While much of the city still retains a Renaissance aspect, the area between Palazzo Vecchio and the Cathedral projects tourists into a typically medieval atmosphere. For centuries, together with Piazza della Signoria, these have been the real heart of political and social life in the city. The value of Florence's artistic heritage is inestimable, among elegant Renaissance palaces, the Ponte Vecchio (surviving the bombing of the Second World War) basilicas and splendid churches, but the city remains perhaps more popular for the artistic attractions exhibited in museums, academies and numerous churches.

Firenze arteFrom Michelangelo to Botticelli, Florence is the undisputed home of Art. And it is also true for its museums: the Uffizi Gallery, Palazzo Pitti, the Palazzo del Bargello, the Archaeological Museum, the Museum of Modern Art, the Museo dell'Opera del Duomo; the libraries: Laurenziana, Riccardiana, Marucelliana, Nazionale Centrale; the academies: of Crusca, Cimento, Colombaria and last but not least, the gardens: the giant and monumental garden of Boboli, a real open-air museum and the city park, the Cascine, a favourite place for those who do sports and suggestive scenery for many shows in summer.

Florence ViewThe religious monuments constitute a great artistic complex: the Duomo (Santa Maria del Fiore), surmounted by Brunelleschi's immense dome and Giotto's bell tower, which houses a Pietà by Michelangelo; the Baptistery with bronze doors by Ghiberti and Andrea Pisano; Santa Maria Novella; Santa Croce, in which there are the tombs of great Italians such as Machiavelli, Michelangelo, Galileo, Foscolo, Rossini; and how not to mention the church of San Lorenzo with the sacristies of Brunelleschi (old) and Michelangelo (new).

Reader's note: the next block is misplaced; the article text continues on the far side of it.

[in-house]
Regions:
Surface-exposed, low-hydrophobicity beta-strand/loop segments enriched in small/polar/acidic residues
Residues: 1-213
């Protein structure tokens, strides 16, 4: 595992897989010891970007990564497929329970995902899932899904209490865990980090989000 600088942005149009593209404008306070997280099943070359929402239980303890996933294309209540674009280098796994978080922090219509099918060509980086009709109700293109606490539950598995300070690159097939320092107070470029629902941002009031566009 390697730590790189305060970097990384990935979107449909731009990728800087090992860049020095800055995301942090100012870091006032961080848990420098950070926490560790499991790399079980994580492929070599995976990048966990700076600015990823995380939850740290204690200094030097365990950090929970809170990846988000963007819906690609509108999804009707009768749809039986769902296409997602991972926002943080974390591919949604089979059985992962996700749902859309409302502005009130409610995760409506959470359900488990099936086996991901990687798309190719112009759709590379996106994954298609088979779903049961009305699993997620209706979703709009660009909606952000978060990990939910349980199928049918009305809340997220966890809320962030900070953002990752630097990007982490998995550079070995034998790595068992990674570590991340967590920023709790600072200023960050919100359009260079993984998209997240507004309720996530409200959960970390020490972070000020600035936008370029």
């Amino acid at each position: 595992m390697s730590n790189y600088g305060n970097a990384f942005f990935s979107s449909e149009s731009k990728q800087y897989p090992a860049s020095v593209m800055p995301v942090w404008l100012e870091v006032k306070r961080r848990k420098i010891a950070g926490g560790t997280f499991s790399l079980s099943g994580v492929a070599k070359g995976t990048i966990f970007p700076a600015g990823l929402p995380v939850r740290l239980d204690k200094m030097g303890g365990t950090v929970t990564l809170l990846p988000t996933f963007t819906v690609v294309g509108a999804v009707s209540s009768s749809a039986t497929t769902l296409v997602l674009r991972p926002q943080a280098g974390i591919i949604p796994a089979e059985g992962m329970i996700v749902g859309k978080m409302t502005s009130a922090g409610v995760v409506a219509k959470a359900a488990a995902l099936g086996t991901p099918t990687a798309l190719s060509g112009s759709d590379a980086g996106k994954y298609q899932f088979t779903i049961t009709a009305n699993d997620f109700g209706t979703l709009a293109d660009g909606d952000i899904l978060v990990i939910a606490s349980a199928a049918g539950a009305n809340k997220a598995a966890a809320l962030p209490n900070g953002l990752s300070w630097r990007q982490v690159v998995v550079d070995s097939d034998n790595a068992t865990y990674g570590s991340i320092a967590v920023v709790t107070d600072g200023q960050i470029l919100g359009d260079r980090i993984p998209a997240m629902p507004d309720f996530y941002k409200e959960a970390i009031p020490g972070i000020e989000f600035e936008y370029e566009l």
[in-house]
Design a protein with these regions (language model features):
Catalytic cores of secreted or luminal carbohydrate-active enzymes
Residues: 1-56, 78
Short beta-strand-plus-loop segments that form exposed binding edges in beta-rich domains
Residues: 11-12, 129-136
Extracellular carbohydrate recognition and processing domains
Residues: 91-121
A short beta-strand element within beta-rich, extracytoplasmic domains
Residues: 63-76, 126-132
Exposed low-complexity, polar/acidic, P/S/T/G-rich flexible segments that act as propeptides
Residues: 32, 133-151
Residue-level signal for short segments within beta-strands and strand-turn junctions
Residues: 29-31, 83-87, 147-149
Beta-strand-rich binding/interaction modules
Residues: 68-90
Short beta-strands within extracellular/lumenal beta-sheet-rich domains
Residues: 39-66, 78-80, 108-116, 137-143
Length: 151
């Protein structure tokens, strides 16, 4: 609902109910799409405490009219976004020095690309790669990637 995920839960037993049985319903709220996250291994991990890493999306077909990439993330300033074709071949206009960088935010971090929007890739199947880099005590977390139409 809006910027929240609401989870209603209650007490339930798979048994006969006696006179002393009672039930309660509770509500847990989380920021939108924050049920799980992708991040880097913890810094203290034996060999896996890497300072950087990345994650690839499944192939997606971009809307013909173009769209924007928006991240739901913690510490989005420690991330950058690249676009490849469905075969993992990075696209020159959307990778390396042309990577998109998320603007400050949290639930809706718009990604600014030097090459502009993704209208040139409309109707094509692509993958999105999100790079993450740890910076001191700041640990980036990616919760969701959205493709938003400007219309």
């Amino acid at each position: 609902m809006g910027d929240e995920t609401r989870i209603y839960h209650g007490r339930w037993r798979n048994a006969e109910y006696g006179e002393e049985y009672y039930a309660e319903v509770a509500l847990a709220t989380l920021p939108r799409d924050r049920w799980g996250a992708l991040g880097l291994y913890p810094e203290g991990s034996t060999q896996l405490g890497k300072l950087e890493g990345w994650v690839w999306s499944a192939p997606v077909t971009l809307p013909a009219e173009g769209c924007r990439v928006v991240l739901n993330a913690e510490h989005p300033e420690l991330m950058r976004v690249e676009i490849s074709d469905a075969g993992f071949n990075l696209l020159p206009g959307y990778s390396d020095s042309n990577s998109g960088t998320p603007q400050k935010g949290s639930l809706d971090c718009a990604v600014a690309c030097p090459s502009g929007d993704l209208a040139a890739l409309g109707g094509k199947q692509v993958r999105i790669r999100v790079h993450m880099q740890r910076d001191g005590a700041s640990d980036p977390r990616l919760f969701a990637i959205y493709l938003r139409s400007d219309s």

Civil architecture has also expressed itself in grandiose works, to name just a few: Palazzo Vecchio, the Loggia dell'Orcagna, the Spedale degli Innocenti (Brunelleschi) with an elegant loggia, the Medici palaces, Palazzo Pitti (painting gallery), the Uffizi Gallery (Vasari's work) and the Ponte Vecchio, characteristic for its double row of exclusive goldsmiths' shops (16th century).

As a soundtrack of these lines on Florence I thought that this piece by the Florentine Stefano Bollani could be suitable.